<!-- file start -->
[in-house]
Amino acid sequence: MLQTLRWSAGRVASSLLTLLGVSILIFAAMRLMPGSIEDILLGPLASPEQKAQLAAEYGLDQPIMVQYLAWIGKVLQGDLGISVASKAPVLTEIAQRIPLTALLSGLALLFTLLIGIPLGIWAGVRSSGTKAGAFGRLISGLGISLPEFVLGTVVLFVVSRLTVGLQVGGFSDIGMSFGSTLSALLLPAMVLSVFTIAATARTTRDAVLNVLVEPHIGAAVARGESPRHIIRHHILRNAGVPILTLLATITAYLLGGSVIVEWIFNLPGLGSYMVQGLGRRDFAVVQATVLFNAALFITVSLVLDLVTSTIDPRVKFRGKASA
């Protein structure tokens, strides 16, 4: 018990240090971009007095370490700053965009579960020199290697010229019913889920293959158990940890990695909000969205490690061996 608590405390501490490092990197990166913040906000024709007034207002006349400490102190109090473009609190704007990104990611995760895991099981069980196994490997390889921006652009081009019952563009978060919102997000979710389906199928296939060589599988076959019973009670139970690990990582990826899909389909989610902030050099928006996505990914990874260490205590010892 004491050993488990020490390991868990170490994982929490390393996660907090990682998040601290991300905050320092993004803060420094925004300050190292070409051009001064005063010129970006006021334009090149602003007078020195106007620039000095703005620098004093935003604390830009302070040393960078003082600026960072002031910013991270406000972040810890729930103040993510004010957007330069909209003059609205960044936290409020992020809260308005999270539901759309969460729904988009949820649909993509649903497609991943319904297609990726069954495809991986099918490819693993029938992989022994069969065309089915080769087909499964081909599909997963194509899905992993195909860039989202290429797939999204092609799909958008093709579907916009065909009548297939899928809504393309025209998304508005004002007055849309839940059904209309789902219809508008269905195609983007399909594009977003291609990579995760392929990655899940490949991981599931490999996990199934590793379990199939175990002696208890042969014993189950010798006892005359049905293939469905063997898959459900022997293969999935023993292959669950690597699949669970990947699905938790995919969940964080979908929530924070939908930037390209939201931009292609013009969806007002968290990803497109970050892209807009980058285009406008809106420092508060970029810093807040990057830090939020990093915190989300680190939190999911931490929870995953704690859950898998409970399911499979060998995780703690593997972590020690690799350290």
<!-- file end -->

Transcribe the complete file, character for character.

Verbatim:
[in-house]
Amino acid sequence: MLQTLRWSAGRVASSLLTLLGVSILIFAAMRLMPGSIEDILLGPLASPEQKAQLAAEYGLDQPIMVQYLAWIGKVLQGDLGISVASKAPVLTEIAQRIPLTALLSGLALLFTLLIGIPLGIWAGVRSSGTKAGAFGRLISGLGISLPEFVLGTVVLFVVSRLTVGLQVGGFSDIGMSFGSTLSALLLPAMVLSVFTIAATARTTRDAVLNVLVEPHIGAAVARGESPRHIIRHHILRNAGVPILTLLATITAYLLGGSVIVEWIFNLPGLGSYMVQGLGRRDFAVVQATVLFNAALFITVSLVLDLVTSTIDPRVKFRGKASA
């Protein structure tokens, strides 16, 4: 018990240090971009007095370490700053965009579960020199290697010229019913889920293959158990940890990695909000969205490690061996 608590405390501490490092990197990166913040906000024709007034207002006349400490102190109090473009609190704007990104990611995760895991099981069980196994490997390889921006652009081009019952563009978060919102997000979710389906199928296939060589599988076959019973009670139970690990990582990826899909389909989610902030050099928006996505990914990874260490205590010892 004491050993488990020490390991868990170490994982929490390393996660907090990682998040601290991300905050320092993004803060420094925004300050190292070409051009001064005063010129970006006021334009090149602003007078020195106007620039000095703005620098004093935003604390830009302070040393960078003082600026960072002031910013991270406000972040810890729930103040993510004010957007330069909209003059609205960044936290409020992020809260308005999270539901759309969460729904988009949820649909993509649903497609991943319904297609990726069954495809991986099918490819693993029938992989022994069969065309089915080769087909499964081909599909997963194509899905992993195909860039989202290429797939999204092609799909958008093709579907916009065909009548297939899928809504393309025209998304508005004002007055849309839940059904209309789902219809508008269905195609983007399909594009977003291609990579995760392929990655899940490949991981599931490999996990199934590793379990199939175990002696208890042969014993189950010798006892005359049905293939469905063997898959459900022997293969999935023993292959669950690597699949669970990947699905938790995919969940964080979908929530924070939908930037390209939201931009292609013009969806007002968290990803497109970050892209807009980058285009406008809106420092508060970029810093807040990057830090939020990093915190989300680190939190999911931490929870995953704690859950898998409970399911499979060998995780703690593997972590020690690799350290």